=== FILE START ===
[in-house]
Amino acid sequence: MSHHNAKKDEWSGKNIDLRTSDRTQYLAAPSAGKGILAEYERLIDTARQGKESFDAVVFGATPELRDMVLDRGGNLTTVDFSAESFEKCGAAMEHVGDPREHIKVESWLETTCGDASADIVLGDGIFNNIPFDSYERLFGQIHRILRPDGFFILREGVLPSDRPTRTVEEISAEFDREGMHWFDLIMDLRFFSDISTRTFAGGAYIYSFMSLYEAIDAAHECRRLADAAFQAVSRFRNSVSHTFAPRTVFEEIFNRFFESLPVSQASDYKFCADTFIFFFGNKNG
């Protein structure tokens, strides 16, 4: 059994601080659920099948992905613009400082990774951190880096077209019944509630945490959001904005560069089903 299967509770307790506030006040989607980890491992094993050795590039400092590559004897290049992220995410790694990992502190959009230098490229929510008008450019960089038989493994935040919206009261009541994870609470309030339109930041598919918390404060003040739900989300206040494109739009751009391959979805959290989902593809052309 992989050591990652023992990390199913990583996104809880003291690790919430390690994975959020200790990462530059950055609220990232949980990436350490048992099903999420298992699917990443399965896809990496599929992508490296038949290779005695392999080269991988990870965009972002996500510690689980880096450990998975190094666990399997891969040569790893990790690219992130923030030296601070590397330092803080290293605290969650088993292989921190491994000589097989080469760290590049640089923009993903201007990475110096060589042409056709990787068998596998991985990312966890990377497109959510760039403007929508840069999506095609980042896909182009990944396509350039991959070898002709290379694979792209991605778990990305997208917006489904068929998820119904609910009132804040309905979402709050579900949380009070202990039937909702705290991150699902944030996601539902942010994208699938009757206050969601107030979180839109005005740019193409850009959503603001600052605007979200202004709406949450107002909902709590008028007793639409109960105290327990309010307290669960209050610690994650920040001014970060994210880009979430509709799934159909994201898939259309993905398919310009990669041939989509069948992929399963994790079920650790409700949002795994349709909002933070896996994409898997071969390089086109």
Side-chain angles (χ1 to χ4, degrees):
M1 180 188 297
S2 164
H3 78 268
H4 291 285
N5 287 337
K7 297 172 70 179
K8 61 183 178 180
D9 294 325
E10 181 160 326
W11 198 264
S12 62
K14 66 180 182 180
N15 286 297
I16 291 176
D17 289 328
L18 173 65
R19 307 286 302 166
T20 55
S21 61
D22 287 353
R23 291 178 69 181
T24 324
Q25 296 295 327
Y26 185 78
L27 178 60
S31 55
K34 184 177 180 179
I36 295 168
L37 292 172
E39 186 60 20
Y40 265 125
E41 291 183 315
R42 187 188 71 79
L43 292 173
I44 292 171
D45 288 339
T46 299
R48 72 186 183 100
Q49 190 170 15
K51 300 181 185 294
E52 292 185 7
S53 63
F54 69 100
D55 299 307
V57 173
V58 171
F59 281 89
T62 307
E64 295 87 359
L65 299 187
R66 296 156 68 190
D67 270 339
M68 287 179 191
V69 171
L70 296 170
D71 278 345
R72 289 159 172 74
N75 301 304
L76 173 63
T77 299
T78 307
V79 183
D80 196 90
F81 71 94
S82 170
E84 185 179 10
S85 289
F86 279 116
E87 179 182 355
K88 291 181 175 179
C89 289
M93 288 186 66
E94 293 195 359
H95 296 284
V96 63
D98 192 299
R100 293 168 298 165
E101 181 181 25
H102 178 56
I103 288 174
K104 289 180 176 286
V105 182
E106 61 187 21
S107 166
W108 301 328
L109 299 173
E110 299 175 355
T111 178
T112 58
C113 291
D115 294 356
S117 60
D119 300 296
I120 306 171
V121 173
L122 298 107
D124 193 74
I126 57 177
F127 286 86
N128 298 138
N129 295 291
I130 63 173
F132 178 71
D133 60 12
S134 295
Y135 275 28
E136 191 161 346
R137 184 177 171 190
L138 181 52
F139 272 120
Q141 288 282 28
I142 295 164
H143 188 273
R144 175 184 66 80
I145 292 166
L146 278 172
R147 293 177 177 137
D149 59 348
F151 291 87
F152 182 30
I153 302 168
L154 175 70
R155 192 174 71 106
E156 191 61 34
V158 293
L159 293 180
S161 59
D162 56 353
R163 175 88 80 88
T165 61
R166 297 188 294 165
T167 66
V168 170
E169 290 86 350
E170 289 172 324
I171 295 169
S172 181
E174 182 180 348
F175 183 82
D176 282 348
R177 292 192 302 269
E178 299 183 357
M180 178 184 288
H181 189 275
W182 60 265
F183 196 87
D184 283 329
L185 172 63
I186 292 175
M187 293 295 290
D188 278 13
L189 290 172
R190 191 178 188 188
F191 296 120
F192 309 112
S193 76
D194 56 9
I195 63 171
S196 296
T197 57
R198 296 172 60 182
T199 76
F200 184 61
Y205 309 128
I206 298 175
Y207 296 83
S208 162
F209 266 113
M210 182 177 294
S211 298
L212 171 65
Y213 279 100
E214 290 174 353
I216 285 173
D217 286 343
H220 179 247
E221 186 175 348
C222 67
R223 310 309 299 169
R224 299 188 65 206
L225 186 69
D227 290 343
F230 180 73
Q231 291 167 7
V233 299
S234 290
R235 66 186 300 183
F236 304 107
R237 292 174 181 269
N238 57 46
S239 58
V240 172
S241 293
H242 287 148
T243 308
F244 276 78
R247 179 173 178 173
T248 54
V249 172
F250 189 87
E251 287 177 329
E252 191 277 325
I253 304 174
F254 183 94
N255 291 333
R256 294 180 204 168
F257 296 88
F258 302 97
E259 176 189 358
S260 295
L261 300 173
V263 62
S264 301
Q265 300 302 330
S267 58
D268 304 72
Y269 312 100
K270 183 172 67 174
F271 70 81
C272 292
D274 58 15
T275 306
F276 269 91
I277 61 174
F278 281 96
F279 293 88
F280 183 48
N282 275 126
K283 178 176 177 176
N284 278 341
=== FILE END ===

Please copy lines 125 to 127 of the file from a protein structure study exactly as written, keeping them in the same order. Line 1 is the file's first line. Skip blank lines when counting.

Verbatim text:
I153 302 168
L154 175 70
R155 192 174 71 106